Category Archives: politics

Token Resistance

I keep hearing about how such and such political activist or revolutionary prisoner is on a ‘hunger strike’ for whatever movement or injustice is plaguing them.

What a crock.

I’m certainly not belittling political activists or the movements they fight for, but I belittle the inanity and token bullshitness of this act.

Take for example just today Al-Baghdadi, the former PM of Gaddhafi, has gone on a hunger-strike in the Algerian prison he is being held in to protest his extradition.

Does anyone care whether this dipshit eats? I certainly don’t; Libya and the freedom fighters probably do not; if he wants to hurry the date of his execution and remove the need for a long and drawn out trial, then by all means, please commit suicide and go straight to hell.

I mean, who is going to care if this dude dies?

And it’s the same even on the flip-side, when it is a sympathetic character like a political activist who is throwing around hunger-threats like a toddler who threatens to hold her breath until she gets her way.

Angry Arabiya for example, a Bahraini political activist who went on a “hunger-strike” to protest the arrest and illegal detention of her father, husband, and brother-in-law.

As much as I felt bad for her and her family, what the french-toast did she think was going to happen?! It is apparent that the Bahraini government did not/does not care what happens to her or her family. They obviously weren’t going to give a damn if she died, by her own hand, when they have shown themselves perfectly willing to shoot protesters and move along.

And she’s no Gandhi with millions of followers ready, willing, and able to stage a mass uprising if she died, she would have simply been another drop in an ocean of people killed by evil regimes, and people would have mourned, and then forgotten about her.

I, personally, could only stomach a couple of days of her forced drama. “For the sake of my family and my little baby daughter, who begged me, I am drinking a cup of water a day.”

So, why? Why do people threaten or enact hunger-strikes if they are such wastes of time?

I think it’s because they can. Because it’s easy to fake. It’s easy to do. It’s easy to get out of.

But, can anyone name me an instance where a hunger-strike worked? Not including Gandhi, of course, because in his instance it was fear of his millions of followers mass-murdering the British if he died. Of course that doesn’t belittle his hunger-strike, because it worked, but other than him?

Maybe there have been, but for me the “hunger-strike” is the new hipster form of “protesting” and I think very little of it.

I’ll think I’ll hunger-strike the fact that I’m not a millionaire.

Addition: So, I’ve done a little bit more reading into Angry Arabiya (Zainab alKhawaja) and really….

On her twitter bio she states “. . .  I hate Arab dictators, and American neo-colonialism.”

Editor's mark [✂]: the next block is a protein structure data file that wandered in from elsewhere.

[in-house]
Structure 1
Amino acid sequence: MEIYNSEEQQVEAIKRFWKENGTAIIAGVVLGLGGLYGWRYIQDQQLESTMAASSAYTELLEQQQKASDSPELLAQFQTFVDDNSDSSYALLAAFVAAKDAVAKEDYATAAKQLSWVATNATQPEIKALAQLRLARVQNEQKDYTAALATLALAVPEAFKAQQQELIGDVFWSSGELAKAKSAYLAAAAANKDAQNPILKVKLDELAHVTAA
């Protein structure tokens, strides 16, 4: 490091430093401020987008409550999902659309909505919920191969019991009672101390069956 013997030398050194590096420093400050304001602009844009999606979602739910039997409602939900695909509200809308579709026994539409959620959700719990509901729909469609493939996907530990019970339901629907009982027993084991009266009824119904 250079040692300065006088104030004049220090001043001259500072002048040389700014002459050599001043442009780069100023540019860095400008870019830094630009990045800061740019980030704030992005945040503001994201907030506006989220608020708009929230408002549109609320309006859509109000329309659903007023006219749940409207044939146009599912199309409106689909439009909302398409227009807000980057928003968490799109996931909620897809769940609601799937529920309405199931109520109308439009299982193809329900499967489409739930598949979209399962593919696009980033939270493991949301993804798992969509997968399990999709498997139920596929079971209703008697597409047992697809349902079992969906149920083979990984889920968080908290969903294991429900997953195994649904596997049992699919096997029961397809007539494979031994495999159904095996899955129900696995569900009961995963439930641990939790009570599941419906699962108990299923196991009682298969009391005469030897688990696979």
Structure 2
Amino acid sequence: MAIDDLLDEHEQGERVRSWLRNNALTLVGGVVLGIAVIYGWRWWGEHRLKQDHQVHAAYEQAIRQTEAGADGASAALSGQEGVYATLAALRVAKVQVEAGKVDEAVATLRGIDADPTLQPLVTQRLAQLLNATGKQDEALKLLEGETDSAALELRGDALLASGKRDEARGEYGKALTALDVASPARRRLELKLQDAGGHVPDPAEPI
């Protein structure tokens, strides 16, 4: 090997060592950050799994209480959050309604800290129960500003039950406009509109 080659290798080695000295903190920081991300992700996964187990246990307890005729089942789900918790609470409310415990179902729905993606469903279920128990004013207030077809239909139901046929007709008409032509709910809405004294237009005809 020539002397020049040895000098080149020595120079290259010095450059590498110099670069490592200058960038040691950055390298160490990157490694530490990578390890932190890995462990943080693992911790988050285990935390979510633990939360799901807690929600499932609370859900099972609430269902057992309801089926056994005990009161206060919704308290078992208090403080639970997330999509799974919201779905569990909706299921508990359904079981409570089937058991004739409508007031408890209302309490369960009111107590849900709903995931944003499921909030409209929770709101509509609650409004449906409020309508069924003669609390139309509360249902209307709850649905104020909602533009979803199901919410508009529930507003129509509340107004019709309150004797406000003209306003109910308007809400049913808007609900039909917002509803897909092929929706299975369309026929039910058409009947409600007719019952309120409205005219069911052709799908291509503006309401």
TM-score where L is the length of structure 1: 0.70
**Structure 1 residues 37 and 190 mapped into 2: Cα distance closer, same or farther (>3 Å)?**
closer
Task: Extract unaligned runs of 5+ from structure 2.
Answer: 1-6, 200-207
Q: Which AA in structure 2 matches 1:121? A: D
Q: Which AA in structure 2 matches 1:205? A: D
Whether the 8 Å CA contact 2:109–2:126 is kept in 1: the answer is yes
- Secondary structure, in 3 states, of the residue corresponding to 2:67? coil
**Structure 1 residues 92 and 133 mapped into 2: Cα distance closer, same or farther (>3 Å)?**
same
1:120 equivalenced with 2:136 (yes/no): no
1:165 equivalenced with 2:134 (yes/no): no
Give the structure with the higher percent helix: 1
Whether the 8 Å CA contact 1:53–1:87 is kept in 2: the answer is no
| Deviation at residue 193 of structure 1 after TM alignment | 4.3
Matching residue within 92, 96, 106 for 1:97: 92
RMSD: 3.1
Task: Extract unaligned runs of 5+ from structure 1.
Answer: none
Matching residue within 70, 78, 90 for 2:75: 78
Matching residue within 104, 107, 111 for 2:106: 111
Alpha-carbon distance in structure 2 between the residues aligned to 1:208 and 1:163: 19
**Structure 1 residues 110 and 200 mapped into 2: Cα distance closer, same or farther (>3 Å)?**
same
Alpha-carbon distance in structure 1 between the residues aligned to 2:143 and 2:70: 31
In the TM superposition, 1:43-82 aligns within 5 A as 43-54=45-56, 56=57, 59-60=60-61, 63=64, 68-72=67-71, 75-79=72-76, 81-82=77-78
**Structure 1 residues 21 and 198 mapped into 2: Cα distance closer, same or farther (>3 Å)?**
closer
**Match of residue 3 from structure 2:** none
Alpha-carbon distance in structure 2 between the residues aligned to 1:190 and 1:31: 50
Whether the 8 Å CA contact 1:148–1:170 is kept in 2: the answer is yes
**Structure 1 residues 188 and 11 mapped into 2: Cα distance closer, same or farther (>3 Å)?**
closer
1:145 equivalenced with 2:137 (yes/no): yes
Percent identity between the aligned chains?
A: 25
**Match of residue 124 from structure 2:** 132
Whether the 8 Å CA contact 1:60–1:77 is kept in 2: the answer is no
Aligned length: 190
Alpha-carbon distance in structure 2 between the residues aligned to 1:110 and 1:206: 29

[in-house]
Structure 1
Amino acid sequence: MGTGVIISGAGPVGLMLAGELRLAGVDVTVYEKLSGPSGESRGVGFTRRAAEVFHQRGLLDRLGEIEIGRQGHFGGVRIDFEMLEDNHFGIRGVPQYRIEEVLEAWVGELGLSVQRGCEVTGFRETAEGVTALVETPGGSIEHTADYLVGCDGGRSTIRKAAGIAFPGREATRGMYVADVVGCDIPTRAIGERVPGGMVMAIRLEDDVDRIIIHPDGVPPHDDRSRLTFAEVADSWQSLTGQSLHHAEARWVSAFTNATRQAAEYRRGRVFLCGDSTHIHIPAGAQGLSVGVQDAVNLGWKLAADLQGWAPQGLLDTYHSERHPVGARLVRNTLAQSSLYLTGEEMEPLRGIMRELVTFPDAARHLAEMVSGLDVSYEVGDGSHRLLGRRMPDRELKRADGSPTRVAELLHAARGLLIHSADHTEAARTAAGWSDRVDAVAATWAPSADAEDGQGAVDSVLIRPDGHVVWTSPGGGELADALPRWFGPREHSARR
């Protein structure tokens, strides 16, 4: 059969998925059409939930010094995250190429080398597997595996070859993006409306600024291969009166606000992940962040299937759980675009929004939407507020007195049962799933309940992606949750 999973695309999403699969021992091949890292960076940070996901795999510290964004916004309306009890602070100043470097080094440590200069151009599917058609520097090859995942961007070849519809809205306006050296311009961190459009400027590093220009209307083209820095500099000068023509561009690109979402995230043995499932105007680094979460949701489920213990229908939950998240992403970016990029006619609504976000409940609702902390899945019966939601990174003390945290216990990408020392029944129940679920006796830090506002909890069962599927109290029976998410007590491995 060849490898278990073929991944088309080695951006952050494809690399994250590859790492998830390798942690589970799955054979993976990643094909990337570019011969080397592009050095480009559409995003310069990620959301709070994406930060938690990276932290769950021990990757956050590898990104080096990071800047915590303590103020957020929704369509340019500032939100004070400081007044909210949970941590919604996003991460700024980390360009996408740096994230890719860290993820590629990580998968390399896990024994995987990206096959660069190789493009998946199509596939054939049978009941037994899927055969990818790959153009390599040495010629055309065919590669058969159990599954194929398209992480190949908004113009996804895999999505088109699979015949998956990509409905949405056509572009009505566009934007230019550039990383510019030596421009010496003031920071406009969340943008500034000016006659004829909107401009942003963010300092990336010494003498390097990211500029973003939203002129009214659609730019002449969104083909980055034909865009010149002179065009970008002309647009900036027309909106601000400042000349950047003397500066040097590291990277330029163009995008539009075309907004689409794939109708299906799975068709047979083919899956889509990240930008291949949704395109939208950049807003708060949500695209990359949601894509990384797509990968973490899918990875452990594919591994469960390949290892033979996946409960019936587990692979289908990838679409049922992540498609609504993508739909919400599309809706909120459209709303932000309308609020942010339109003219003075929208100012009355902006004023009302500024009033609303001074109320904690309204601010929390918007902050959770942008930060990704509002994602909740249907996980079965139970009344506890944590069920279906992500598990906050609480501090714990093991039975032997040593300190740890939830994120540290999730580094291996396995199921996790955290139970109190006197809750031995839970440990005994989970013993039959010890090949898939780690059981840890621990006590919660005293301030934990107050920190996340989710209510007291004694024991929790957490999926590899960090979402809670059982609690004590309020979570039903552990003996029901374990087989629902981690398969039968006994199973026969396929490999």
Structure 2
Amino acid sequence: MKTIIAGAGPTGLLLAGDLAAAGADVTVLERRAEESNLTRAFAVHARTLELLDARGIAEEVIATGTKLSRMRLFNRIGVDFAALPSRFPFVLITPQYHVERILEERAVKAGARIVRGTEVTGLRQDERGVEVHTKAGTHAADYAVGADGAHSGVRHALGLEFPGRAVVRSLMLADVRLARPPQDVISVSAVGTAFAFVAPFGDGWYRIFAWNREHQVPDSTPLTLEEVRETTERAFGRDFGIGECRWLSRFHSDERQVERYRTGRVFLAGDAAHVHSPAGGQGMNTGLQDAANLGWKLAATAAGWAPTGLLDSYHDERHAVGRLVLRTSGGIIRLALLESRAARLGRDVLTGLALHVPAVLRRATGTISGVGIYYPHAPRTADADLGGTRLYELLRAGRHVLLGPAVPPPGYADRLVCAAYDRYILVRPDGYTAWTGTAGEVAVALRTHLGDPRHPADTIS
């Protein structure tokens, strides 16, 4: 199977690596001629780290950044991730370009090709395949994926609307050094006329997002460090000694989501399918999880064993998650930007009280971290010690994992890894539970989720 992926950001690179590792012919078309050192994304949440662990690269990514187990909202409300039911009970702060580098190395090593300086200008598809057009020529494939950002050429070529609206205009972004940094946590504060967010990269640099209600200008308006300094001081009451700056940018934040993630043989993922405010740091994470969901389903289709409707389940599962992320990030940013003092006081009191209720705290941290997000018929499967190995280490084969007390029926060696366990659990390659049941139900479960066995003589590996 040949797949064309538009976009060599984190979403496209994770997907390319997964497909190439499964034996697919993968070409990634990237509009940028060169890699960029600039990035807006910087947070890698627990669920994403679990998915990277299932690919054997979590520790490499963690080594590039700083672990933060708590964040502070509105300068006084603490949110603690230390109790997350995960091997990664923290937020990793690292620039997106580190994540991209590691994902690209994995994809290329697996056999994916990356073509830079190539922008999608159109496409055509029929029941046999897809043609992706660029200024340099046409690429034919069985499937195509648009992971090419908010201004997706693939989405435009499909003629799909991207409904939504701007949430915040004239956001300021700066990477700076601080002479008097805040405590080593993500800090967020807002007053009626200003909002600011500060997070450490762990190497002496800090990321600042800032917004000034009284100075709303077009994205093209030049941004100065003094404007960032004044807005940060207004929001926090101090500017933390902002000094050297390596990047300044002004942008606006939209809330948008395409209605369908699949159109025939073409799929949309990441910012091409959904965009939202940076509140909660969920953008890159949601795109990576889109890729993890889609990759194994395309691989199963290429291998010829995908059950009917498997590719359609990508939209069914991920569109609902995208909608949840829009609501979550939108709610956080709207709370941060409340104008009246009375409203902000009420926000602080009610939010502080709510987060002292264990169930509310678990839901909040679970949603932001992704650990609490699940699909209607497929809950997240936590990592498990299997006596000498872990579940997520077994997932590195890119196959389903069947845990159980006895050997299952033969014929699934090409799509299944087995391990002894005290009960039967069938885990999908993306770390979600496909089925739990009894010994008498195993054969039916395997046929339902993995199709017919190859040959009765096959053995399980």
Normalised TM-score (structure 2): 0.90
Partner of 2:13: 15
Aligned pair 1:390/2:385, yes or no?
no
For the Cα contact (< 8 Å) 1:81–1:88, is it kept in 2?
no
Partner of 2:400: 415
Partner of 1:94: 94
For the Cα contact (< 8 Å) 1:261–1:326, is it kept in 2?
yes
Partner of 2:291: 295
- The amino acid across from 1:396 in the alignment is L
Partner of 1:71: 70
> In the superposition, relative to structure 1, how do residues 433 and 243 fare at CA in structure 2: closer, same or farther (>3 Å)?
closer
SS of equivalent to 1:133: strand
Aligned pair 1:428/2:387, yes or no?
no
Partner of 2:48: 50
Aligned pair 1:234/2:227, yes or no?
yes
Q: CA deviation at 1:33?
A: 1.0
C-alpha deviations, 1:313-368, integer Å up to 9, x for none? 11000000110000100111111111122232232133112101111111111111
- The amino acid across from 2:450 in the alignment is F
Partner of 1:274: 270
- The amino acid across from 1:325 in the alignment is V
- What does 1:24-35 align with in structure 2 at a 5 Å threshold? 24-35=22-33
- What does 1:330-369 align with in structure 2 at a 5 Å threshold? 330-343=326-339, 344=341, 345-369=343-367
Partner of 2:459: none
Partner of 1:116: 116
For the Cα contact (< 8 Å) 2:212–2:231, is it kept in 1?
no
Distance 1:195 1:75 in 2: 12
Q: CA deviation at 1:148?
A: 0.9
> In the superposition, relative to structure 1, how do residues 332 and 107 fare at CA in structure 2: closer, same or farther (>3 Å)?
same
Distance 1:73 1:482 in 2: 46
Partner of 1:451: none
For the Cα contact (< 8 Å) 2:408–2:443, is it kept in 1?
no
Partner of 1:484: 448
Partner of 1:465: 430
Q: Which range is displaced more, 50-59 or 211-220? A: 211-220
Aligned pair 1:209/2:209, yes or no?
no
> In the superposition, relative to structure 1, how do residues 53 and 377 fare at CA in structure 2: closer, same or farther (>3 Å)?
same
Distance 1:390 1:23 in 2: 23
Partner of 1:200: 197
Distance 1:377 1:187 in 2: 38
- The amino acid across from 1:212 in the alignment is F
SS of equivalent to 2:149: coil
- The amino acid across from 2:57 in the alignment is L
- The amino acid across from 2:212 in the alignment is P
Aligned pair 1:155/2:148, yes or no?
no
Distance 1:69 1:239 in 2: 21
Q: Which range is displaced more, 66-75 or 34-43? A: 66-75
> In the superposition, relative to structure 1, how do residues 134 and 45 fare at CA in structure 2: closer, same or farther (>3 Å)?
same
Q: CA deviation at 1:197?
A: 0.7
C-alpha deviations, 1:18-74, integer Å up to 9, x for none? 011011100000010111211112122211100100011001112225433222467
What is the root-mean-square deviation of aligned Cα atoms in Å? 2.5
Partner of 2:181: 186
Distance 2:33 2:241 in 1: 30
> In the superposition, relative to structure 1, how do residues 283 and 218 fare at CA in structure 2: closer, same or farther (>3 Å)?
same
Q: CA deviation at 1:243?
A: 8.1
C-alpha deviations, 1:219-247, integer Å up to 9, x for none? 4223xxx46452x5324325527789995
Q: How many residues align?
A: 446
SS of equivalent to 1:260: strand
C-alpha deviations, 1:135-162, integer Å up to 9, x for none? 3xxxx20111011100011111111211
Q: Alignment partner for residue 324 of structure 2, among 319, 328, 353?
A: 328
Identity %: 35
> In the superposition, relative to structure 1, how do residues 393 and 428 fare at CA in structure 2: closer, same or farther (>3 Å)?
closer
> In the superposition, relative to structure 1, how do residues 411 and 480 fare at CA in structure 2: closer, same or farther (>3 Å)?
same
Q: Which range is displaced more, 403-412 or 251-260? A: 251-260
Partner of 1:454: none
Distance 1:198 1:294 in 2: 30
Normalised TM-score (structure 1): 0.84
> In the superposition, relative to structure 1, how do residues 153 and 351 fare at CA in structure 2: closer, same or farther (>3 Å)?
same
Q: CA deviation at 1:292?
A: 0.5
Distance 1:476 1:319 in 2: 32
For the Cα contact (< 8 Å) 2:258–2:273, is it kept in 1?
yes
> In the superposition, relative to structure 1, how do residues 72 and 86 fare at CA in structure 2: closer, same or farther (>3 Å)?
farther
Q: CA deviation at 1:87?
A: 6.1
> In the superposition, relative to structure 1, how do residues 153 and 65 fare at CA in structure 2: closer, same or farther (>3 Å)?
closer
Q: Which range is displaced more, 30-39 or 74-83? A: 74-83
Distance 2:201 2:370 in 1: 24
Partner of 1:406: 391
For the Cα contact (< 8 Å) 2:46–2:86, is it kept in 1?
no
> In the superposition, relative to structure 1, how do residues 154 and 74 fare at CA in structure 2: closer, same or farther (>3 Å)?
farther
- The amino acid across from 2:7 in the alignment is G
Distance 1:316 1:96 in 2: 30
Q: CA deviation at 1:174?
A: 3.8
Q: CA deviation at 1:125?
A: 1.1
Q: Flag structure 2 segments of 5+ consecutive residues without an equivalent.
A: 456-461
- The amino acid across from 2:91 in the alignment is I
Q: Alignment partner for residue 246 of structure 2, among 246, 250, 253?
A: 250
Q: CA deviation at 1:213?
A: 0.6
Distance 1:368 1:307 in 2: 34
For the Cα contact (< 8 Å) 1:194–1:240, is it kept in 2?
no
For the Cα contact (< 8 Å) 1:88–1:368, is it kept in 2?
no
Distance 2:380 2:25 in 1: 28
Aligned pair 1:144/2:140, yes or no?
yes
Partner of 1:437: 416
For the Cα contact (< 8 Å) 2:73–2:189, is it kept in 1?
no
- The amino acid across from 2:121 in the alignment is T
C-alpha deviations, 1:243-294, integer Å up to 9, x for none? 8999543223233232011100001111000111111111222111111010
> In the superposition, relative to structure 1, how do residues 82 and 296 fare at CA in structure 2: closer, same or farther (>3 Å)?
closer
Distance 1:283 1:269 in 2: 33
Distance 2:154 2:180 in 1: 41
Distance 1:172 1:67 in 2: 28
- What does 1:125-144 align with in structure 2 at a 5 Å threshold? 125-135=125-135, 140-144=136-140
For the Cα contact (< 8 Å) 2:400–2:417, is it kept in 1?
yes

And yet as soon as her father was beaten and detained (may Allah grant his release and the release of his compatriots), she sat down and wrote a letter to President Obama.  Reference.

It’s shit like that which really pisses me off.

January 25th

Tehrir

I still don’t feel like I’m in place that I can blog about these past 21 days; my heart is still lodged firmly in my throat.

My friends, my family, acquaintences, people I didn’t know but who I followed on twitter and felt close to in an internet-ty sort of way, were putting their lives, their safety on the line for the good of a nation… their nation.

Other friends and family were taken in by the constant barrage of propaganda on State TV and who spoke against this fight for their freedom; a fight they didn’t understand and couldn’t see in its entirety. I felt constricted by their inability to see, it was like bashing your head against an immovable wall.

I spent those 18 days glued to computers and Al-Jazeera (who did such an outstanding job at reporting from Egypt that I STILL don’t know how they did it.) I barely slept. I barely ate. I cried. I agonized. When I did sleep, I dreamt about the revolution.

I wanted so badly to be in Tehrir. I like to say that I would give anything to have been there, but the truth is that what I would have given up is my job. I’ll carry a little bit of shame inside me forever, no matter how rational and responsible my reasons for staying were.

The fact of the matter is that once the anti-foreigner sentiment took hold I would have been relegated to the side anyway, simply for protection of the Egyptians fighting.

But, whether I physically threw rocks and bandaged wounds or not, the simple fact is that I am a different person post revolution. It may have only been 21 days ago, but to me, and to Egypt, it was a lifetime ago.

I am so proud of my friends and family, of my acquaintances, of those tweeps who I may not know in person…

I am proud of Egypt.

Proud of those people.

And the moment my husband finishes his schooling, I will begin packing our bags to go back to help rebuild this country.

I may not have been able to give my blood, sweat, and tears to freeing the country, but I will dedicate them to building it back up.

Ta7ya Masr.

Moroccan Madame Says Her Girls ‘Hajj’ed Up’ Before Ban [Satire]

31st of August, 2010

Moroccan Madame Says Her Girls ‘Hajj’ed Up’ Before Ban
By Maha Raouf
Al-Abasseya Weekly, Rabat, Morocco

This last week I sat down with Rania Hamadouchi, a local business woman and madame, on the outskirts of Rabat, Morocco’s capital city, to discuss the recent Saudi ban against young Moroccan women going on Hajj, Islam’s sacred pilgrimage to Mecca.